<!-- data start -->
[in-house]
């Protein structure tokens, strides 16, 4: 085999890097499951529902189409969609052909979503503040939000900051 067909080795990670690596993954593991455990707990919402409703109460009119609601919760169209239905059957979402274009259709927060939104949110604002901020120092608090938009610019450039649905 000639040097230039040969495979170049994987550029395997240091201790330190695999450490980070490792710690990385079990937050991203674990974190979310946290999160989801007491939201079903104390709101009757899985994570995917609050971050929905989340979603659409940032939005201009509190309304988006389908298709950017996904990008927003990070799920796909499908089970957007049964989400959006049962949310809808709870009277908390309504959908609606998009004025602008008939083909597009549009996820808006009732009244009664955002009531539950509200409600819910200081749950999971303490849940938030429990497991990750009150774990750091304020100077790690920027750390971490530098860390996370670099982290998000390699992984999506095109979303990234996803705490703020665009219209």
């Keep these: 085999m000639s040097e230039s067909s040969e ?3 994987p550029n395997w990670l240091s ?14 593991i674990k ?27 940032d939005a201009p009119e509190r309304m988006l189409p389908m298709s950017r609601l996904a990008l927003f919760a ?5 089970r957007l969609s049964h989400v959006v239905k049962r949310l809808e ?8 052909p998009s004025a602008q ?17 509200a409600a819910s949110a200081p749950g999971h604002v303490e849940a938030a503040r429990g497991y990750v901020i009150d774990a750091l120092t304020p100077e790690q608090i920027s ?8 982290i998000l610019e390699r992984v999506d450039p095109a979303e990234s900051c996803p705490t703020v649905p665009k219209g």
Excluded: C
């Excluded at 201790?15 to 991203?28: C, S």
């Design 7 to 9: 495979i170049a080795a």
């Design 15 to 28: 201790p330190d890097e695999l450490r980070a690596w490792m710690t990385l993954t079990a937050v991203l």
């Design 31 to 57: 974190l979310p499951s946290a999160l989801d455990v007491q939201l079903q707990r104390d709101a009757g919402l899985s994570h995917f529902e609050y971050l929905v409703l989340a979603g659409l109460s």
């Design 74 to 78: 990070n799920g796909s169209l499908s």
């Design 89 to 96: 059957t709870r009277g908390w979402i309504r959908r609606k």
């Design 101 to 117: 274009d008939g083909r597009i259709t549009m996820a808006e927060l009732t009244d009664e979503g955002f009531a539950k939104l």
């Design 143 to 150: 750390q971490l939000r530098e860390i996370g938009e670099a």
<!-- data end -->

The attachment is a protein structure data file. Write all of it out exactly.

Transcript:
[in-house]
């Protein structure tokens, strides 16, 4: 085999890097499951529902189409969609052909979503503040939000900051 067909080795990670690596993954593991455990707990919402409703109460009119609601919760169209239905059957979402274009259709927060939104949110604002901020120092608090938009610019450039649905 000639040097230039040969495979170049994987550029395997240091201790330190695999450490980070490792710690990385079990937050991203674990974190979310946290999160989801007491939201079903104390709101009757899985994570995917609050971050929905989340979603659409940032939005201009509190309304988006389908298709950017996904990008927003990070799920796909499908089970957007049964989400959006049962949310809808709870009277908390309504959908609606998009004025602008008939083909597009549009996820808006009732009244009664955002009531539950509200409600819910200081749950999971303490849940938030429990497991990750009150774990750091304020100077790690920027750390971490530098860390996370670099982290998000390699992984999506095109979303990234996803705490703020665009219209």
């Keep these: 085999m000639s040097e230039s067909s040969e ?3 994987p550029n395997w990670l240091s ?14 593991i674990k ?27 940032d939005a201009p009119e509190r309304m988006l189409p389908m298709s950017r609601l996904a990008l927003f919760a ?5 089970r957007l969609s049964h989400v959006v239905k049962r949310l809808e ?8 052909p998009s004025a602008q ?17 509200a409600a819910s949110a200081p749950g999971h604002v303490e849940a938030a503040r429990g497991y990750v901020i009150d774990a750091l120092t304020p100077e790690q608090i920027s ?8 982290i998000l610019e390699r992984v999506d450039p095109a979303e990234s900051c996803p705490t703020v649905p665009k219209g």
Excluded: C
């Excluded at 201790?15 to 991203?28: C, S």
């Design 7 to 9: 495979i170049a080795a």
């Design 15 to 28: 201790p330190d890097e695999l450490r980070a690596w490792m710690t990385l993954t079990a937050v991203l």
């Design 31 to 57: 974190l979310p499951s946290a999160l989801d455990v007491q939201l079903q707990r104390d709101a009757g919402l899985s994570h995917f529902e609050y971050l929905v409703l989340a979603g659409l109460s």
């Design 74 to 78: 990070n799920g796909s169209l499908s």
């Design 89 to 96: 059957t709870r009277g908390w979402i309504r959908r609606k």
């Design 101 to 117: 274009d008939g083909r597009i259709t549009m996820a808006e927060l009732t009244d009664e979503g955002f009531a539950k939104l």
């Design 143 to 150: 750390q971490l939000r530098e860390i996370g938009e670099a």